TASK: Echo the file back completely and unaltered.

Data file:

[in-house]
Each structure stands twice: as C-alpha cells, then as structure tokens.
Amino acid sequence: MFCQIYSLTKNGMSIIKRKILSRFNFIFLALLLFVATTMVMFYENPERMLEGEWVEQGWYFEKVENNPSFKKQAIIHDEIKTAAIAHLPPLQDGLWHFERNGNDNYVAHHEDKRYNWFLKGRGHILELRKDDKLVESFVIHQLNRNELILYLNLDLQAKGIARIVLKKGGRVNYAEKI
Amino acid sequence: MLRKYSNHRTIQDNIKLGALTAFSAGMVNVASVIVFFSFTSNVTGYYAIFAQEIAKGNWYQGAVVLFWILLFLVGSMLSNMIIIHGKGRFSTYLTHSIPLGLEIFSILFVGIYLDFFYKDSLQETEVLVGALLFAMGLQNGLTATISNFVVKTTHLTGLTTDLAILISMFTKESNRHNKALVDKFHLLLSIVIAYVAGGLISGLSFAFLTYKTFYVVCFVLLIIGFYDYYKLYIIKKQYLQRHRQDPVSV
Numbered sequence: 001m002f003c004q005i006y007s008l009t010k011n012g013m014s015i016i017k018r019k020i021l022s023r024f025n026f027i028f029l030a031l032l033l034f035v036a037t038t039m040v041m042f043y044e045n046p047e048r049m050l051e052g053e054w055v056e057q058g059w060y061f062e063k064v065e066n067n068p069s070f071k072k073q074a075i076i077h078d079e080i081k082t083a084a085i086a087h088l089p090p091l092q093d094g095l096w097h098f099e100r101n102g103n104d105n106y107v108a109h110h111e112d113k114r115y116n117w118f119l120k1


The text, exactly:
[in-house]
Each structure stands twice: as C-alpha cells, then as structure tokens.
Amino acid sequence: MFCQIYSLTKNGMSIIKRKILSRFNFIFLALLLFVATTMVMFYENPERMLEGEWVEQGWYFEKVENNPSFKKQAIIHDEIKTAAIAHLPPLQDGLWHFERNGNDNYVAHHEDKRYNWFLKGRGHILELRKDDKLVESFVIHQLNRNELILYLNLDLQAKGIARIVLKKGGRVNYAEKI
Amino acid sequence: MLRKYSNHRTIQDNIKLGALTAFSAGMVNVASVIVFFSFTSNVTGYYAIFAQEIAKGNWYQGAVVLFWILLFLVGSMLSNMIIIHGKGRFSTYLTHSIPLGLEIFSILFVGIYLDFFYKDSLQETEVLVGALLFAMGLQNGLTATISNFVVKTTHLTGLTTDLAILISMFTKESNRHNKALVDKFHLLLSIVIAYVAGGLISGLSFAFLTYKTFYVVCFVLLIIGFYDYYKLYIIKKQYLQRHRQDPVSV
Numbered sequence: 001m002f003c004q005i006y007s008l009t010k011n012g013m014s015i016i017k018r019k020i021l022s023r024f025n026f027i028f029l030a031l032l033l034f035v036a037t038t039m040v041m042f043y044e045n046p047e048r049m050l051e052g053e054w055v056e057q058g059w060y061f062e063k064v065e066n067n068p069s070f071k072k073q074a075i076i077h078d079e080i081k082t083a084a085i086a087h088l089p090p091l092q093d094g095l096w097h098f099e100r101n102g103n104d105n106y107v108a109h110h111e112d113k114r115y116n117w118f119l120k1